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Wen warns Baltimore business leaders COVID lockdown lifting too soon

Dr. Leana Wen, Baltimore’s health commissioner. (The Daily Record / Maximilian Franz)

Dr. Leana Wen, former Baltimore health commissioner. (The Daily Record / Maximilian Franz)

Former Baltimore Health Commissioner Dr. Leana Wen said she believes orders to reopen businesses throughout the nation are coming too soon and could negate gains made in fighting the COVID-19 pandemic in the U.S.

The purpose of stay-at-home orders, Wen told members of the Greater Baltimore Committee, was to provide the nation, and states, sufficient time to gather the resources to test, trace and isolate potentially infected residents. National benchmarks proposed by the Trump administration have not been met, yet every state in the nation plans to ease restrictions by the end of May.

“We’ve given up on our previous strategy,” Wen said.

The lockdown strategy, she said, was one of harm reduction, a theory that guides needle exchange, providing condoms for high risk people, or requiring motorcylists to wear helmets.

While health experts knew some people would not adhere to social distancing requirements, she said, enough people would, and as a result, reduce the danger to the overall population.

“The only thing keeping COVID-19 in check was social distancing,” she said.

Loosening restrictions at this point, she said, likely prolongs the struggle. The probability of a resurgence grows, and it’s likely to be multiple new waves of cases that hit the U.S. If a flood of new COVID-19 cases arrive in the fall – essentially a nightmare tag team when combined with the flu — it creates a problem of a whole higher magnitude, she said.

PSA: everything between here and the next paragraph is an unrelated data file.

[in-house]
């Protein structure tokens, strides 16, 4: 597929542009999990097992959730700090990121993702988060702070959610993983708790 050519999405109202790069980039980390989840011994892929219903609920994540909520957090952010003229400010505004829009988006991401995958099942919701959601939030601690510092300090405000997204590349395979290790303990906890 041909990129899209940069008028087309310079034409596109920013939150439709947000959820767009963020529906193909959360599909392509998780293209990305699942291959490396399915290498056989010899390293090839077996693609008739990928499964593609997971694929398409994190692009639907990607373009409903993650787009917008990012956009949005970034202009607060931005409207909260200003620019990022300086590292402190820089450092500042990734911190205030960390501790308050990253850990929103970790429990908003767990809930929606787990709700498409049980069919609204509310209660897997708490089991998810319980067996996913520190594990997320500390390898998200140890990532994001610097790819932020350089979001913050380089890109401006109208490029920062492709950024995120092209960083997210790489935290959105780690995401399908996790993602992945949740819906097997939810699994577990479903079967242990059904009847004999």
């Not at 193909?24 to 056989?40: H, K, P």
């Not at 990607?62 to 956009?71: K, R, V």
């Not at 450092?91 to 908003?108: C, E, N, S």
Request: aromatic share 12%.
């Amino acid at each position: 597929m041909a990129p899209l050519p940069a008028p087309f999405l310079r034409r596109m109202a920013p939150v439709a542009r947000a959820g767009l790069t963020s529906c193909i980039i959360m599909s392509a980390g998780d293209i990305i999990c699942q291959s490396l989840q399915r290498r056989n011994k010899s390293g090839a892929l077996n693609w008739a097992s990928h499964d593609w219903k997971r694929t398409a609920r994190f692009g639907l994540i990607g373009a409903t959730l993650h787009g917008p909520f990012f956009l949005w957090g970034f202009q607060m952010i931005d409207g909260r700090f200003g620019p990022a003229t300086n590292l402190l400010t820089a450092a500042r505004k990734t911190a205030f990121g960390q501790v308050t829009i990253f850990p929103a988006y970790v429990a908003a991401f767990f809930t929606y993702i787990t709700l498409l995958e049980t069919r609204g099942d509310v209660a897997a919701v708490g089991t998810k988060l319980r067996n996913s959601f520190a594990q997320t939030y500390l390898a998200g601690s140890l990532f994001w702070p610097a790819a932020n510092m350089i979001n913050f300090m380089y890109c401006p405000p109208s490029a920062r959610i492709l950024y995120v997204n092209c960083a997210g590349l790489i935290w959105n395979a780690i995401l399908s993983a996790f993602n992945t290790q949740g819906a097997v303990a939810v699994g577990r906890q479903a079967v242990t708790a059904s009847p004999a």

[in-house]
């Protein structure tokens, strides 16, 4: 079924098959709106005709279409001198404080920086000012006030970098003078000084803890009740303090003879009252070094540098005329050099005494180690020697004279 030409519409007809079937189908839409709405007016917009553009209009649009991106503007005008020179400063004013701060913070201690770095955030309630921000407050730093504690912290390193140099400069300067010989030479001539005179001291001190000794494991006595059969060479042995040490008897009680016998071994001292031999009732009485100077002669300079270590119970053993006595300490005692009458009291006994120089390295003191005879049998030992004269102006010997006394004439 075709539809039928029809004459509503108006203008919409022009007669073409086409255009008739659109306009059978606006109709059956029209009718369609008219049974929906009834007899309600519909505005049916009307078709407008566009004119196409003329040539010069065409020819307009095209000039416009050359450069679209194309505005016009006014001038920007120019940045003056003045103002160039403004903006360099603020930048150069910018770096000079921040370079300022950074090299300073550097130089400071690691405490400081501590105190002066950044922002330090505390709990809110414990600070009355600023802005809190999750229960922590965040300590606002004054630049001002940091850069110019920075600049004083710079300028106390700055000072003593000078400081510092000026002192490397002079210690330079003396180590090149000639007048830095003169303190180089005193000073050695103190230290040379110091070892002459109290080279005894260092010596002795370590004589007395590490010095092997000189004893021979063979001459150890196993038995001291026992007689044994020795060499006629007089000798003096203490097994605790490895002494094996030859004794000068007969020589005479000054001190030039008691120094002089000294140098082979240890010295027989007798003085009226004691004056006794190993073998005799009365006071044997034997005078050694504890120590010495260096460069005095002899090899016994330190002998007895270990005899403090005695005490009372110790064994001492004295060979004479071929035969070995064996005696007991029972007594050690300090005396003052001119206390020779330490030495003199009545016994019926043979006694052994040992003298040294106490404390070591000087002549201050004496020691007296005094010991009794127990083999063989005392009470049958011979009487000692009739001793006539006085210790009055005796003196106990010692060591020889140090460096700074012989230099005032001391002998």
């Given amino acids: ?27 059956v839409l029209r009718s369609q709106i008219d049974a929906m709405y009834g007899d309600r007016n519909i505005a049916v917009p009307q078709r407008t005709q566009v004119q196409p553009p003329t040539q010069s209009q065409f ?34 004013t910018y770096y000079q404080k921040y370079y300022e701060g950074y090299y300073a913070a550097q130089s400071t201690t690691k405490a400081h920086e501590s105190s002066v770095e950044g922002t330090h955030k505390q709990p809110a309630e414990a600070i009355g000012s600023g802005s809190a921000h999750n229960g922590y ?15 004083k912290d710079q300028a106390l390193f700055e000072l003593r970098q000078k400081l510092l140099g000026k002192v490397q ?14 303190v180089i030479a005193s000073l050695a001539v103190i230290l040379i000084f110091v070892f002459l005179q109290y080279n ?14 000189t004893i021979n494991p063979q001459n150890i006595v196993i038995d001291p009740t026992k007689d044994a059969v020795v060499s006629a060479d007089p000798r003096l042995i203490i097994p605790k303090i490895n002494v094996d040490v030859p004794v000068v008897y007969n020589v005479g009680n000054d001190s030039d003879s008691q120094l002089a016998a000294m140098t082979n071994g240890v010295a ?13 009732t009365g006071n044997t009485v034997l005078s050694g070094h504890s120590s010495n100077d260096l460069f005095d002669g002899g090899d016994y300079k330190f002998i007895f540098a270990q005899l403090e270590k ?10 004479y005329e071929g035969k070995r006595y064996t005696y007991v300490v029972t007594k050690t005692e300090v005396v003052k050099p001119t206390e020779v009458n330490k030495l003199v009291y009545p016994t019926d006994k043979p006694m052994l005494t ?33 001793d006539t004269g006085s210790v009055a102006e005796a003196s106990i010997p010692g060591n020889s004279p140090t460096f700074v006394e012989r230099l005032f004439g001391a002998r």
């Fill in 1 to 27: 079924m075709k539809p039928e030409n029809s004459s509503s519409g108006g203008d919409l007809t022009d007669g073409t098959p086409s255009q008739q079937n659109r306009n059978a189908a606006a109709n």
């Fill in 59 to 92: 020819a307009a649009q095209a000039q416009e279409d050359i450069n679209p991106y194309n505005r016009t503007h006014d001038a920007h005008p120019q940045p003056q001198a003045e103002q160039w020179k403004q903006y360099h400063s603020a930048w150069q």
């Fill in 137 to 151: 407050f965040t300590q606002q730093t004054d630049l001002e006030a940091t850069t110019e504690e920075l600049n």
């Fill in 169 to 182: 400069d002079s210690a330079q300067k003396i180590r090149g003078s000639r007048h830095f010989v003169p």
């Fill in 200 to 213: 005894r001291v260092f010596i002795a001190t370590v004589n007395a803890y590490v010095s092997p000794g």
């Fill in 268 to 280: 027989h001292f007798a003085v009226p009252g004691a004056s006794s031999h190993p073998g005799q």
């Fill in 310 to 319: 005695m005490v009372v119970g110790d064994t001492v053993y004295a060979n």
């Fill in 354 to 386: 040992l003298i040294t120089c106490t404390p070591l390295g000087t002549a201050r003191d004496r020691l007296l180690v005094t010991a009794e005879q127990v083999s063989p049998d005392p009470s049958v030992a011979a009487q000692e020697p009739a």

As businesses prepare to reopen, Wen said, she’d at least like to have specific guidelines for responses to outbreaks to the new coronavirus from the Centers for Disease Control and Prevention.

As the city’s health commissioner, when faced with the potential threat of everything from the Zika virus to a cluster of measles cases, she had specific directions from the CDC on which measures to take in the event of an outbreak.

“Unfortunately the CDC has been hampered in their ability to respond for a number of political reasons,” Wen said.

There is still so much about the illness we don’t know, she said, such as whether a person gets immunity after exposure. There are also questions about the different lingering effects, such as the emerging potential for an inflammatory disorder in children who are infected.

Wen also said she doubts the potential for drugmakers to deliver a vaccine by the end of the year, despite positive results from early candidates, such as Moderna’s vaccine trial.

“Frankly I just don’t see how that could occur,” she said.

Donald C. Fry, GBC president and CEO, said Wen address members is part of the organization’s work to provide “reliable guidance and information” during a crisis unlike the business community in the region’s faced before.

“There is little doubt that we are at the initial stages of business re-openings and it is critical that businesses understand and are prepared to take the appropriate steps needed to re-open while keeping our employees’ health and safety top of mind,” Fry said.

 

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